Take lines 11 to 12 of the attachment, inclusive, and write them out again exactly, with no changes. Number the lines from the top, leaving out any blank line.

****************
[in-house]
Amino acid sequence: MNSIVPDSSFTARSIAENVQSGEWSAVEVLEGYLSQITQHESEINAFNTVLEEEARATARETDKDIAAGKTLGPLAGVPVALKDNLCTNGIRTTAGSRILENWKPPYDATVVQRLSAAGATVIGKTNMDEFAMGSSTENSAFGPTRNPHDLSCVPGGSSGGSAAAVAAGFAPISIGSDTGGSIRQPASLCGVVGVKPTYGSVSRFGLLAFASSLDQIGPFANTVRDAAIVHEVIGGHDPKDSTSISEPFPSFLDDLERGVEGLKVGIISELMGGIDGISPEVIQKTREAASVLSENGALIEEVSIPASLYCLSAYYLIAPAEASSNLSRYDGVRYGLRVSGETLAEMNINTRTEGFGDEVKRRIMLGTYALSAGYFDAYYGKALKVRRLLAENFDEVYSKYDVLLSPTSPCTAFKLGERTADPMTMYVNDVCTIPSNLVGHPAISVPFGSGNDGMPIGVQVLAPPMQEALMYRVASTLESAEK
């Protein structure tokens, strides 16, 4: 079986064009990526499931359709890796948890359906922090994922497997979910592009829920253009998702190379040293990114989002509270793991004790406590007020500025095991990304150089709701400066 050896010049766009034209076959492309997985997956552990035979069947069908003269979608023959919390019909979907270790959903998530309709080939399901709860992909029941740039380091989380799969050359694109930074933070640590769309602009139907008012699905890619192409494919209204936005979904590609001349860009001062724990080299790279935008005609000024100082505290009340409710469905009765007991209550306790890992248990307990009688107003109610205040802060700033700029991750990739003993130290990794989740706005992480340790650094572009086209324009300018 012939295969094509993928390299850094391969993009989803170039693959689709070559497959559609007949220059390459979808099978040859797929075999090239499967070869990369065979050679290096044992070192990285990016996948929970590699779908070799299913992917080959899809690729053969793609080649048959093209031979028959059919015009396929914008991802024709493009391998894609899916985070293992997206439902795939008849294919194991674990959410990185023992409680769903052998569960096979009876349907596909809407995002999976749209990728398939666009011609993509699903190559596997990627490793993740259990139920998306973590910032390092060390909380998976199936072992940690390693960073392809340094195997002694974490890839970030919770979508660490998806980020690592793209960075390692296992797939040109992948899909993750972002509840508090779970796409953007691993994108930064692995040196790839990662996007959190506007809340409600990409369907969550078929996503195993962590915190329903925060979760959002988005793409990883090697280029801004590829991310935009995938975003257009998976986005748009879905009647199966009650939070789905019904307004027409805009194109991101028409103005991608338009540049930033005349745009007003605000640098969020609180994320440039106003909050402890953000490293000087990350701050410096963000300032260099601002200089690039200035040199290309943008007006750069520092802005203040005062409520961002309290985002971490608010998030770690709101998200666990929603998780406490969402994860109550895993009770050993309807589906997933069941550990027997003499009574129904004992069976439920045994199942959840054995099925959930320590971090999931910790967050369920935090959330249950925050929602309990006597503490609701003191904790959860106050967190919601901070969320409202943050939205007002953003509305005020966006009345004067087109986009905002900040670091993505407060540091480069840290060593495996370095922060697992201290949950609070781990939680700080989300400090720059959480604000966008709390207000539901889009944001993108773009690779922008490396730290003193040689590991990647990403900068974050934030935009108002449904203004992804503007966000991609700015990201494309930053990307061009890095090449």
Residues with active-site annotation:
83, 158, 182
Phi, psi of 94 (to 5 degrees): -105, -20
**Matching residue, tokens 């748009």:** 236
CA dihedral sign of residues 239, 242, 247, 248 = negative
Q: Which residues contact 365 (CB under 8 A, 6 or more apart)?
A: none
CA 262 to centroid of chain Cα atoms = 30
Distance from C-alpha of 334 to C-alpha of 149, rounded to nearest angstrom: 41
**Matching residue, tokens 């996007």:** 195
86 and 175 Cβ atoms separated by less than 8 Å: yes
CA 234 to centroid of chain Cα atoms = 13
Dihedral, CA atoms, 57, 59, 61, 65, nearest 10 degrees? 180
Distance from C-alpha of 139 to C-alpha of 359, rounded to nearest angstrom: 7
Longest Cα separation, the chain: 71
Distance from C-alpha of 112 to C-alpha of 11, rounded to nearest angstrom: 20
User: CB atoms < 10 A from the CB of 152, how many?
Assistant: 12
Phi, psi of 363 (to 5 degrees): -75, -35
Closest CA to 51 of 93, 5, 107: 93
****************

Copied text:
CA 262 to centroid of chain Cα atoms = 30
Distance from C-alpha of 334 to C-alpha of 149, rounded to nearest angstrom: 41